"Anderson is someone I don't want to fight," Souza said. "He's someone who's in my camp; he's my friend. He helps me, and I help him. So I wouldn't be a good character if I said I wanted to fight him.

"But, I'm a UFC fighter, and I hope the UFC never gives us this fight, but I'm ready to face anyone in the world in my weight class, and also at 205."

Light heavyweight would, of course, provide a wealth of new options for Souza, who's made his biggest strides at 185 pounds. And the scenario posed at the media gathering may never materialize if Weidman is able to defend his belt. But it does create another potential situation such as the one at supercamp American Kickboxing Academy, where teammates refuse to fight one another.

That situation caused UFC President Dana White plenty of headaches.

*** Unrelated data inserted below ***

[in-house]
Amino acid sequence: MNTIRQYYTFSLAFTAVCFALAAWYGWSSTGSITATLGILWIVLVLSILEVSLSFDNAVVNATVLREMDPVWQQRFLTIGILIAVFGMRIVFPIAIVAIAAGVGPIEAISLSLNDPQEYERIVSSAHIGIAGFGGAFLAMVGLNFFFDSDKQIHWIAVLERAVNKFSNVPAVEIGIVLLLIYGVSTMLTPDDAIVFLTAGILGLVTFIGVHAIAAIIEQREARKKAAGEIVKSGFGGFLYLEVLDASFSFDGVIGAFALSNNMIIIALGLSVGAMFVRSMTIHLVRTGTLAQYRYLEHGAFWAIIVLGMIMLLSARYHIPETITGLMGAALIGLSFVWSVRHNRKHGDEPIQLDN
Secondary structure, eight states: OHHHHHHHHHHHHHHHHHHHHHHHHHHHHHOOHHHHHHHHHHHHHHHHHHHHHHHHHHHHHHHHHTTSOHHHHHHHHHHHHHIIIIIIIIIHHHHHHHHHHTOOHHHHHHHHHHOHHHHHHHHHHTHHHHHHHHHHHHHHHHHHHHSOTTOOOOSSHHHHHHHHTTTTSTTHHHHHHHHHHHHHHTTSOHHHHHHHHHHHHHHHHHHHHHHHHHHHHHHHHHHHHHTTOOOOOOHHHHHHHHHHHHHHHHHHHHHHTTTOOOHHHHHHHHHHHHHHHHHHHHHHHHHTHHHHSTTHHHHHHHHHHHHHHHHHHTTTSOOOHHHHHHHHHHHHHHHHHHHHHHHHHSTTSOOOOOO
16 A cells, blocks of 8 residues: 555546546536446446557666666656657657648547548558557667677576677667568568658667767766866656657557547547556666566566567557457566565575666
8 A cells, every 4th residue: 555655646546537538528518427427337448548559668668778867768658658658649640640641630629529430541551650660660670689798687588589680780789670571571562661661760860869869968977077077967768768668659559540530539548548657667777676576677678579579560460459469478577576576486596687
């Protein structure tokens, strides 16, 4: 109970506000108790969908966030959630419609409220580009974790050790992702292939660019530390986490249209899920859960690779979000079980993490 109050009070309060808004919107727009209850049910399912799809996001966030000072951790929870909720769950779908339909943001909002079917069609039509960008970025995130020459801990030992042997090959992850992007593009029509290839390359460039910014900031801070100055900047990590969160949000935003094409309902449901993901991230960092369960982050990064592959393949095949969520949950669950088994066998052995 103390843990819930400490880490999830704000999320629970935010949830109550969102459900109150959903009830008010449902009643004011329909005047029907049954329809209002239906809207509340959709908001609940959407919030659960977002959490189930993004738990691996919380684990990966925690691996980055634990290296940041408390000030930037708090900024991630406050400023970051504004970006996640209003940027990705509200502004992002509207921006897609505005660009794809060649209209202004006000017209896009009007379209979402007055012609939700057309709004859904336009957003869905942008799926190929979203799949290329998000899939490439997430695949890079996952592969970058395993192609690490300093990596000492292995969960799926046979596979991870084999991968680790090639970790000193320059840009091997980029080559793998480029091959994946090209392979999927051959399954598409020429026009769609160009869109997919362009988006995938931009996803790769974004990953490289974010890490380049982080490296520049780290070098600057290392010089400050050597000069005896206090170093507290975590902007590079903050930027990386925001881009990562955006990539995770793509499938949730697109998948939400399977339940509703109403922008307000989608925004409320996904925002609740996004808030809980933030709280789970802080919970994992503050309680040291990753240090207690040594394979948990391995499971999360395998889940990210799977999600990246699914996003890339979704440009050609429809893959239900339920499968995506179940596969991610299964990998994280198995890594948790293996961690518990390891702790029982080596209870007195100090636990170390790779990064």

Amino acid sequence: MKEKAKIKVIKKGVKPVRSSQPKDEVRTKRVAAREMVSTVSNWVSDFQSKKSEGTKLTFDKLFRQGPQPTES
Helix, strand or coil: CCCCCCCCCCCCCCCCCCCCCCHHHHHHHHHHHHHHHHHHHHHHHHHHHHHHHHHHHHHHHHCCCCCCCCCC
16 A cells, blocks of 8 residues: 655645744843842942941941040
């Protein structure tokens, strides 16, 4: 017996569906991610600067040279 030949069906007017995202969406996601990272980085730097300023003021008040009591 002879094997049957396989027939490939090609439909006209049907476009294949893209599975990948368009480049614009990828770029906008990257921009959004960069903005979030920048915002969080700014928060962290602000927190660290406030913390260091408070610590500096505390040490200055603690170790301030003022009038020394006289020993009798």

Souza, though, remains positive about his future in the promotion.

"I've not complained, because I've done two very quick fights," he said. "The UFC already gave me very strong opponents, and I like this opponent very much. And I tell you, I'm ready for anyone. I'm not going to ask for any opponents. I'm going to go to camp and train and be ready to face any opponent, because I'm an employee who loves to work."

The Brazilian's first task is to recover from a foot injury he suffered early in the bout with Okami.

"I think it was when I gave him a front kick," Souza said. "I think it hit his elbow and it hurt my toe, and it really hurt a lot. But I focused, I forgot the pain, and I was able to do a great fight."